When you install Centos 7 (or Centos 6), there is a link in the main configuration screen for networking. You have to click on that screen and then turn on networking in the top right of the resulting screen. That will install centos with networking enabled. Likely whoever installed your system didn't do that.
In your situation since you are using 'service' rather than 'systemctl', I guess you are running Centos 6 or earlier. I think running
chkconfig network on
Will make networking start on boot.
Your solution does not work
This is what I have in my network and network-scripts/ifcfg-eth0 files for a Centos 6 machine on which networking successfully starts at boot. My configuration is a little diffferent than yours, in that I don't use dhcp:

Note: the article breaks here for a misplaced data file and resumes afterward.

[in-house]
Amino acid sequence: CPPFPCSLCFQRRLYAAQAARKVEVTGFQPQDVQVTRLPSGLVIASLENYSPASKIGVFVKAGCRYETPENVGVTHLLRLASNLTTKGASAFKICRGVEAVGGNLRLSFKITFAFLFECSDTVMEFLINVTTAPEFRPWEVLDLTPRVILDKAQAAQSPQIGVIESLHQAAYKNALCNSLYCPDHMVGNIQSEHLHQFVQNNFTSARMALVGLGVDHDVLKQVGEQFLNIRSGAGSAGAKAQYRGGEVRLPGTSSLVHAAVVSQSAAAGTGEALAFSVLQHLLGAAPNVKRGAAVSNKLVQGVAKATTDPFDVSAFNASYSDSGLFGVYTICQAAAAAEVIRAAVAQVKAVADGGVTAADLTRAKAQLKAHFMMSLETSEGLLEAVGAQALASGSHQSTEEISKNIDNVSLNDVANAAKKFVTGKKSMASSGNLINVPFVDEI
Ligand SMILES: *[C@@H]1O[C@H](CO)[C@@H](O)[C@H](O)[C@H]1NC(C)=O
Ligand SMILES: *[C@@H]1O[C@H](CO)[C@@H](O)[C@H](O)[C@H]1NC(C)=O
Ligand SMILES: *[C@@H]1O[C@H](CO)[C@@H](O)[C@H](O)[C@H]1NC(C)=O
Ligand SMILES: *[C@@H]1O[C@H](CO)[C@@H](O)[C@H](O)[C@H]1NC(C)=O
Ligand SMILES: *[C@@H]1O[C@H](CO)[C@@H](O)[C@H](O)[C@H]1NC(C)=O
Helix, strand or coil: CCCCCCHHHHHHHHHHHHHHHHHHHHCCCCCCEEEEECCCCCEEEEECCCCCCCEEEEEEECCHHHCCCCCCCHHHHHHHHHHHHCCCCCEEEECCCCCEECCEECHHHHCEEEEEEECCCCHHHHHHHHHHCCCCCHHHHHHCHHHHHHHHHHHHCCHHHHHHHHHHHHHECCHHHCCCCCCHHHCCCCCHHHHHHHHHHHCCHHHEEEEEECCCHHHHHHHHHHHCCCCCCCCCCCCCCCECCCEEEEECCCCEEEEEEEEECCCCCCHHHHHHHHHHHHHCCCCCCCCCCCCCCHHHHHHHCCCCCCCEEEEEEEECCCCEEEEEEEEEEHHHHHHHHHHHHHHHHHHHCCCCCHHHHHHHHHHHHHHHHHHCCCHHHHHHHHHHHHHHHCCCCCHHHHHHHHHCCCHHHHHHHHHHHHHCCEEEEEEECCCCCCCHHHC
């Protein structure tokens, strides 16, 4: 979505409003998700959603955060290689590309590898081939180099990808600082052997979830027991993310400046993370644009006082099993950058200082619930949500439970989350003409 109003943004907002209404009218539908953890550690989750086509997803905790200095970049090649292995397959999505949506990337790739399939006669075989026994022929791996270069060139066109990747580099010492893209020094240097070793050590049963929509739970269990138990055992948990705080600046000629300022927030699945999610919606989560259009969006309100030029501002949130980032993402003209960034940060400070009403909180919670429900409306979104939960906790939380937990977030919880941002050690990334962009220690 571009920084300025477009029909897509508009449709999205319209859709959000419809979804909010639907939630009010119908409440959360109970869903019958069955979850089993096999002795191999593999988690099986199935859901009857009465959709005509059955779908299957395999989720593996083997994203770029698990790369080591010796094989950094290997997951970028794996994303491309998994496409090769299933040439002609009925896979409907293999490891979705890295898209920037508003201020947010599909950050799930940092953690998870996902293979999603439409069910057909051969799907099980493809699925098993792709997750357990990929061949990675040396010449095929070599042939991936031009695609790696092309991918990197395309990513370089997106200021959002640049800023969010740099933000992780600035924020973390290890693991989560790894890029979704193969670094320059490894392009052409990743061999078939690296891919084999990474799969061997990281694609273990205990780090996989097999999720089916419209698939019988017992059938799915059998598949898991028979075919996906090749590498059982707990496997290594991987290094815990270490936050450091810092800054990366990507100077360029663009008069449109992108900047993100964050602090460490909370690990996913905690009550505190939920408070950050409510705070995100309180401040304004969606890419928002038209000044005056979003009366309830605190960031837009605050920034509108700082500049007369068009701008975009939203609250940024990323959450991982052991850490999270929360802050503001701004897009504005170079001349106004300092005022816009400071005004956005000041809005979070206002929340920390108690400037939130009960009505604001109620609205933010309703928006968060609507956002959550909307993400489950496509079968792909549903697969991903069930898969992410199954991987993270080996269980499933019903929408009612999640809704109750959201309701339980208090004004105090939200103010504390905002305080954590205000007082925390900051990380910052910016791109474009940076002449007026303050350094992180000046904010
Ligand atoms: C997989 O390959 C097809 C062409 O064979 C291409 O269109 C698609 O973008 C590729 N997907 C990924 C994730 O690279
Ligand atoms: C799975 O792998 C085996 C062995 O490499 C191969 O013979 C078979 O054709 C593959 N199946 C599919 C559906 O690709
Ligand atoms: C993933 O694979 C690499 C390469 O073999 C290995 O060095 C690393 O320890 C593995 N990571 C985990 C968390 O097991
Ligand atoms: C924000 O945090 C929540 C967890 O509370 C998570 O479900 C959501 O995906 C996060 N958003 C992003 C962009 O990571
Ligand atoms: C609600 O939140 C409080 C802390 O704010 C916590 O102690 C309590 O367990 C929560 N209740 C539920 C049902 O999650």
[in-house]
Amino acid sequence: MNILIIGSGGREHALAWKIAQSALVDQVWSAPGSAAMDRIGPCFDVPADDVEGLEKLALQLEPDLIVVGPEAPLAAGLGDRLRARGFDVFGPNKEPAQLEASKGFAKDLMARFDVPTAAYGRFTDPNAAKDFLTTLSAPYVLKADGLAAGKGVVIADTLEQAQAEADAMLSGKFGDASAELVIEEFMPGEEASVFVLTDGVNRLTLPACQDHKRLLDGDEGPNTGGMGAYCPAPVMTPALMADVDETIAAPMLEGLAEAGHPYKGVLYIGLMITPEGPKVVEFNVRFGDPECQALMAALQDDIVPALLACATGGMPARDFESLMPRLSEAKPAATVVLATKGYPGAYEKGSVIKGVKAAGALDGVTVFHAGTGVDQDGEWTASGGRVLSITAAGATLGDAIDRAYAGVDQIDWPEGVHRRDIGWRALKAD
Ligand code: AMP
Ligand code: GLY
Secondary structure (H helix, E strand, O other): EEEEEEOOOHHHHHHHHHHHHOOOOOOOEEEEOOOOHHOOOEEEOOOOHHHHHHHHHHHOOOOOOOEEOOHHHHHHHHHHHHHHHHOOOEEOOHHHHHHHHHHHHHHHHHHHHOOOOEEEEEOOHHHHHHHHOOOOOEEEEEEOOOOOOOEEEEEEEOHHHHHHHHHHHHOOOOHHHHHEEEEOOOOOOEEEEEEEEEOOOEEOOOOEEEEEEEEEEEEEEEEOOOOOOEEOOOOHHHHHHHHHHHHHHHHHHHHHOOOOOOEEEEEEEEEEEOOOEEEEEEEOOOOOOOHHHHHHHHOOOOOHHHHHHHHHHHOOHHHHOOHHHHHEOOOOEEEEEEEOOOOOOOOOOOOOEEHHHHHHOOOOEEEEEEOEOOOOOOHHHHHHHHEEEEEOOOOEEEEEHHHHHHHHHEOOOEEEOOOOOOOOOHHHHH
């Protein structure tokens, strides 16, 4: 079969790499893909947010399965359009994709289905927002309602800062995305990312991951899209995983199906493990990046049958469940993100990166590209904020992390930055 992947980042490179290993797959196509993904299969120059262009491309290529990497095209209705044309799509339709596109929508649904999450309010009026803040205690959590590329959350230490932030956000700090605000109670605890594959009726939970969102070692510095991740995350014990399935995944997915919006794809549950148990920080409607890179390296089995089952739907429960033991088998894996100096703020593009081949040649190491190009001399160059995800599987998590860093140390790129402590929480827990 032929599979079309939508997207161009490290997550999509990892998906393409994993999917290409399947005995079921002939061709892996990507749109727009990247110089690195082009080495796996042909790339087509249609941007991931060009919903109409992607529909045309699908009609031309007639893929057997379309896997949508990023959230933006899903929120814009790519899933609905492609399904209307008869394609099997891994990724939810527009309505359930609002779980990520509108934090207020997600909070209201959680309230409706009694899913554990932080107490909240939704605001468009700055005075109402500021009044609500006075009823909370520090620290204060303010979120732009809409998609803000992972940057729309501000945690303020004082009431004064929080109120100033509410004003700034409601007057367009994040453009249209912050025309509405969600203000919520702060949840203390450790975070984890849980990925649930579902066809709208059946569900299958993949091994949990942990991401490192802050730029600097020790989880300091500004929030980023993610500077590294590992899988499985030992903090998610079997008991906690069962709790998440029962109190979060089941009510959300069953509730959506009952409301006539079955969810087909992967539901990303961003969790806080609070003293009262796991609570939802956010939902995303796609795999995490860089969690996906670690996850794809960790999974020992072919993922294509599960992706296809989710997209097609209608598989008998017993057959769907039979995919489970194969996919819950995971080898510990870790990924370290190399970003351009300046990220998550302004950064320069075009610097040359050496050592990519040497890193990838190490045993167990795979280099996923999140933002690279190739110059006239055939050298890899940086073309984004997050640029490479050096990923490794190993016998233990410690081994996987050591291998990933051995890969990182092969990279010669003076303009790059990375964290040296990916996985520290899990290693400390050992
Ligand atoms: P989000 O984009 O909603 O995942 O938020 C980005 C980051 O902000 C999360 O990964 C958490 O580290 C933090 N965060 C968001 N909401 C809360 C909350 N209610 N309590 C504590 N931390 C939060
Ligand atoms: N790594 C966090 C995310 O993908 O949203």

[root@developmentServer1 sysconfig]# cat network
[root@developmentServer1 sysconfig]# cat network-scripts/ifcfg-eth0
I do not even have a defined service named "NetworkManager":
[root@developmentServer1 sysconfig]# chkconfig --list | grep -i network
network 0:off 1:off 2:on 3:on 4:on 5:on 6:off
[root@developmentServer1 sysconfig]# cat /etc/redhat-release
CentOS release 6.4 (Final)
If you do, the suggestion to disable it is a worthwhile one to try.